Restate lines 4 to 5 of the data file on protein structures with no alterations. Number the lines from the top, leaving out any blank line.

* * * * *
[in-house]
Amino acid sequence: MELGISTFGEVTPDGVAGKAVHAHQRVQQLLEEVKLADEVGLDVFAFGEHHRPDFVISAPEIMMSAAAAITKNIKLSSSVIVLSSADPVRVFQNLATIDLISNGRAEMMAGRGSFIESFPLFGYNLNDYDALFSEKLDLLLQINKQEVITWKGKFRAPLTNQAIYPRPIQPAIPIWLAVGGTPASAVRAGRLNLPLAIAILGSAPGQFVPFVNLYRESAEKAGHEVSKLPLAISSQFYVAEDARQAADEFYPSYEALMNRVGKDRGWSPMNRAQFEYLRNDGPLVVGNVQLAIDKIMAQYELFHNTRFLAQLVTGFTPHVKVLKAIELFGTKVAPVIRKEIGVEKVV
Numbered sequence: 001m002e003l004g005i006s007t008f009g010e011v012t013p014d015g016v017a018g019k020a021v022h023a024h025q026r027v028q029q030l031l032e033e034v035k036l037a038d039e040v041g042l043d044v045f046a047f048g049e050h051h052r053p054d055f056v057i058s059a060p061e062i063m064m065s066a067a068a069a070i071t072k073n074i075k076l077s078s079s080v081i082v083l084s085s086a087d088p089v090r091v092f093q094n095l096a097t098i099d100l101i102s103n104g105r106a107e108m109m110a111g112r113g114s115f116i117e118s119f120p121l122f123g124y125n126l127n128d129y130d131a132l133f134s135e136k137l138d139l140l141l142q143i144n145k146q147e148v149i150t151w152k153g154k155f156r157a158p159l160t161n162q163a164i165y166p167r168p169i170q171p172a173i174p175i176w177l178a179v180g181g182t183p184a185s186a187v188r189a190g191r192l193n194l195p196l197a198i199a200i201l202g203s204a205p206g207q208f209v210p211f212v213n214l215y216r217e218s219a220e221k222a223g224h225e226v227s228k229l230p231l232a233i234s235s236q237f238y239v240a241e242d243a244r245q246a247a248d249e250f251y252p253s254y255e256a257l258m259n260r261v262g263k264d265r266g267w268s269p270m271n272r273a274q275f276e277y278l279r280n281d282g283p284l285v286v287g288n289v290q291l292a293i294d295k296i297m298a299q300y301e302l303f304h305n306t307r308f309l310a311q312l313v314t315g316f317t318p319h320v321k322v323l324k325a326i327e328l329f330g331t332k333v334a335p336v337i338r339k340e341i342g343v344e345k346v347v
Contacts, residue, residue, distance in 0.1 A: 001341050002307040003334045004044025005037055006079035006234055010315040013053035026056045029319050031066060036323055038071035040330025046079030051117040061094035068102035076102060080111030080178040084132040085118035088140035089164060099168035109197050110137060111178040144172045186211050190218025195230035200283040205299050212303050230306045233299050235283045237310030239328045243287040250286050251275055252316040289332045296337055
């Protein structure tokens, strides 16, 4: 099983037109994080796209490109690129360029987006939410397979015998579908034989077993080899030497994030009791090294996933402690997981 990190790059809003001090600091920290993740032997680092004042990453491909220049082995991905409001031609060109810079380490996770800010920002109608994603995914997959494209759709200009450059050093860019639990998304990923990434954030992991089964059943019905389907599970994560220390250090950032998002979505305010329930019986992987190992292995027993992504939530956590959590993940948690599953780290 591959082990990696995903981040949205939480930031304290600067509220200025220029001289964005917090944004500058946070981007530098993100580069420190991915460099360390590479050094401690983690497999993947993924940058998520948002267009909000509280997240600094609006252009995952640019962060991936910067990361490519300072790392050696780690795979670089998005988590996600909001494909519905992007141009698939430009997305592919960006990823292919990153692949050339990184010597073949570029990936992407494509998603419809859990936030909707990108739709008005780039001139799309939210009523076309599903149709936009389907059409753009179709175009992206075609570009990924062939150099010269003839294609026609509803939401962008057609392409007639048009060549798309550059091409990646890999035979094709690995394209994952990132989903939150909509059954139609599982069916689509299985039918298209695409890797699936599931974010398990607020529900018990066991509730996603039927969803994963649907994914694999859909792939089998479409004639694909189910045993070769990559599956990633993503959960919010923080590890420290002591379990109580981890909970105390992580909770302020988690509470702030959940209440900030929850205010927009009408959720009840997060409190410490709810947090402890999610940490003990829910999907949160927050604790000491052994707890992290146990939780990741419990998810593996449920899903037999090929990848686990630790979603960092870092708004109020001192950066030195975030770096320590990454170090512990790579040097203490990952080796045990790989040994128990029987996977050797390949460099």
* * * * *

Contacts, residue, residue, distance in 0.1 A: 001341050002307040003334045004044025005037055006079035006234055010315040013053035026056045029319050031066060036323055038071035040330025046079030051117040061094035068102035076102060080111030080178040084132040085118035088140035089164060099168035109197050110137060111178040144172045186211050190218025195230035200283040205299050212303050230306045233299050235283045237310030239328045243287040250286050251275055252316040289332045296337055
């Protein structure tokens, strides 16, 4: 099983037109994080796209490109690129360029987006939410397979015998579908034989077993080899030497994030009791090294996933402690997981 990190790059809003001090600091920290993740032997680092004042990453491909220049082995991905409001031609060109810079380490996770800010920002109608994603995914997959494209759709200009450059050093860019639990998304990923990434954030992991089964059943019905389907599970994560220390250090950032998002979505305010329930019986992987190992292995027993992504939530956590959590993940948690599953780290 591959082990990696995903981040949205939480930031304290600067509220200025220029001289964005917090944004500058946070981007530098993100580069420190991915460099360390590479050094401690983690497999993947993924940058998520948002267009909000509280997240600094609006252009995952640019962060991936910067990361490519300072790392050696780690795979670089998005988590996600909001494909519905992007141009698939430009997305592919960006990823292919990153692949050339990184010597073949570029990936992407494509998603419809859990936030909707990108739709008005780039001139799309939210009523076309599903149709936009389907059409753009179709175009992206075609570009990924062939150099010269003839294609026609509803939401962008057609392409007639048009060549798309550059091409990646890999035979094709690995394209994952990132989903939150909509059954139609599982069916689509299985039918298209695409890797699936599931974010398990607020529900018990066991509730996603039927969803994963649907994914694999859909792939089998479409004639694909189910045993070769990559599956990633993503959960919010923080590890420290002591379990109580981890909970105390992580909770302020988690509470702030959940209440900030929850205010927009009408959720009840997060409190410490709810947090402890999610940490003990829910999907949160927050604790000491052994707890992290146990939780990741419990998810593996449920899903037999090929990848686990630790979603960092870092708004109020001192950066030195975030770096320590990454170090512990790579040097203490990952080796045990790989040994128990029987996977050797390949460099």